Nurse Awards

2016 winner's prehabilitation programme dramatically improves outcomes

Venetia Wynter-Blyth's innovation has achieved better outcomes for patients undergoing cancer surgery

Venetia Wynter-Blyth: an outstanding programme

Picture credit: Nathan Clarke

A holistic, tailored programme of prehabilitation is dramatically improving outcomes for people with cancer who require surgery, by encouraging them to participate in their care.

Venetia Wynter-Blyth and her team in the oesophagogastric cancer service at Imperial College Healthcare NHS Trust in London felt the sometimes ad hoc, traditional perioperative approach was directed at comorbidities, was paternalistic and missed an opportunity for a more effective approach.

RCN Nurse of the Year winner Venetia, who also won the RCNi Innovations in your Specialty award, believes a tailored, rather than one-size-fits-all approach, has long-term benefits.

So the clinical nurse specialist devised the PREPARE programme, which stands for physical activity; remove bad habits; eat well; psychological wellbeing; ask about medications; respiratory exercises; enhanced recovery. She then secured funding from the Imperial

Venetia Wynter-Blyth: ‘an outstanding programme’

Picture credit: Nathan Clarke

 

A holistic, tailored programme of ‘prehabilitation’ is dramatically improving outcomes for people with cancer who require surgery, by encouraging them to participate in their care.

Venetia Wynter-Blyth and her team in the oesophagogastric cancer service at Imperial College Healthcare NHS Trust in London felt the sometimes ad hoc, traditional perioperative approach was directed at comorbidities, was paternalistic and missed an opportunity for a more effective approach.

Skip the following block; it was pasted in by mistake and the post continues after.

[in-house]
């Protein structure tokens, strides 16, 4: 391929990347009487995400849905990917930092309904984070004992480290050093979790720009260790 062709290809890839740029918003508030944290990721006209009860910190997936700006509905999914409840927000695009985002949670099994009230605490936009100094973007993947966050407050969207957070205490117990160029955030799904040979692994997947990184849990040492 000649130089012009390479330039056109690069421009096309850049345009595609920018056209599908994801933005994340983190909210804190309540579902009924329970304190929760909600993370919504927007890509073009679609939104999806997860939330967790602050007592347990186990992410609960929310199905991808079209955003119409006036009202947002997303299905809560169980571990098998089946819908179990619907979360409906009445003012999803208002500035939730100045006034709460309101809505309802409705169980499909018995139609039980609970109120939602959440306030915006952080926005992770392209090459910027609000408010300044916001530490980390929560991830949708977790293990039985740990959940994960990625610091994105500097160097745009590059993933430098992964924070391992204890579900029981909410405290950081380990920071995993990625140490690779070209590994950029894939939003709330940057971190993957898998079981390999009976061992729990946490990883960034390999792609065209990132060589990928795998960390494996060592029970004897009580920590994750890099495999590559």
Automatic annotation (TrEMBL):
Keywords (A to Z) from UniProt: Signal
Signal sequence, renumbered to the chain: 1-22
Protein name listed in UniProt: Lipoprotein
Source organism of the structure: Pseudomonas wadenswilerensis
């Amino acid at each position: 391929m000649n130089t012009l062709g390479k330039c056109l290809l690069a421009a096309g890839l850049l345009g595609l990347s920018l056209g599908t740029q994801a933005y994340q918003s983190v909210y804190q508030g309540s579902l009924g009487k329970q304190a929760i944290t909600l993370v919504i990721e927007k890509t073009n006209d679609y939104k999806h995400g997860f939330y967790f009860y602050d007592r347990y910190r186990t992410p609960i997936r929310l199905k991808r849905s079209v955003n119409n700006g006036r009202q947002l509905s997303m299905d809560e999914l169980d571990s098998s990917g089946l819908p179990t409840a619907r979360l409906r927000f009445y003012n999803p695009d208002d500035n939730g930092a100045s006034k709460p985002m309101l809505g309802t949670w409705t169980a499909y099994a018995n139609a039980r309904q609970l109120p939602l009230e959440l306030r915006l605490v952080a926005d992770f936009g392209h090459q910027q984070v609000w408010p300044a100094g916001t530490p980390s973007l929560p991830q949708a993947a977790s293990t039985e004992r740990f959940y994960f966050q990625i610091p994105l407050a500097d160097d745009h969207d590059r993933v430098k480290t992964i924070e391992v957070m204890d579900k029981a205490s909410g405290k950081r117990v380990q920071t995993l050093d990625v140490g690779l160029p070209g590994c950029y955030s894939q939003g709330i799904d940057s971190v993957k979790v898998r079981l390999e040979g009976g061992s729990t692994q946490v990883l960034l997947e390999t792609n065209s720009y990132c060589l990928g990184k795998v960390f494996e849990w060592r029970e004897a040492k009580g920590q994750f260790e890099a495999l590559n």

RCN Nurse of the Year winner Venetia, who also won the RCNi Innovations in your Specialty award, believes a tailored, rather than one-size-fits-all approach, has long-term benefits.

So the clinical nurse specialist devised the PREPARE programme, which stands for physical activity; remove bad habits; eat well; psychological wellbeing; ask about medications; respiratory exercises; enhanced recovery. She then secured funding from the Imperial College Healthcare Charity.

‘Before this programme, patients would be diagnosed with cancer and told they needed major surgery,’ says Venetia. ‘There was little or no structured support to help them prepare for the experience. This left a lot of patients feeling anxious and like they had no control over what was happening to them.

‘By working alongside patients, developing goals with them, and supporting them to reach these goals, it’s like we’re on a journey together and patients now have a deciding role over their own health outcome.’

Once a patient has been told they need surgery, they are invited to the Prepare clinic. Baseline assessments are taken to give a benchmark to gauge improvements over the four to six-week programme.

The team creates a plan with patients, setting personal daily or weekly goals, such as the frequency and duration of a set of gym or respiratory exercises. New goals are set depending on the patient’s improvement.

There is an exercise therapist on hand to assist and all patients see a dietitian to help them maintain weight before surgery and learn to manage nutrition post-operatively.

Patients are empowered to ask about medication and encouraged to drop any bad habits. ‘It is about using the teachable moment,’ says Venetia. ‘And 100% of our smoking patients have stopped.’

The psychological wellbeing aspect of the programme is central, and sets it apart from traditional prehabilitation programmes.

She explains: ‘Cancer affects the whole person, not just the physical. Effects of psychological ‘unrest’ can be wide-ranging and may have a subtle impact on the multiple domains of post-operative recovery. There is a domino effect – for example pre-operative anxiety impacts on post-operative pain, which impacts on post-operative recovery and so on.’

Patients taking part in Prepare are screened using validated tools and are offered a structured programme of support through Venetia and, if needed, a clinical psychologist.

Information about the surgical procedure manages expectations.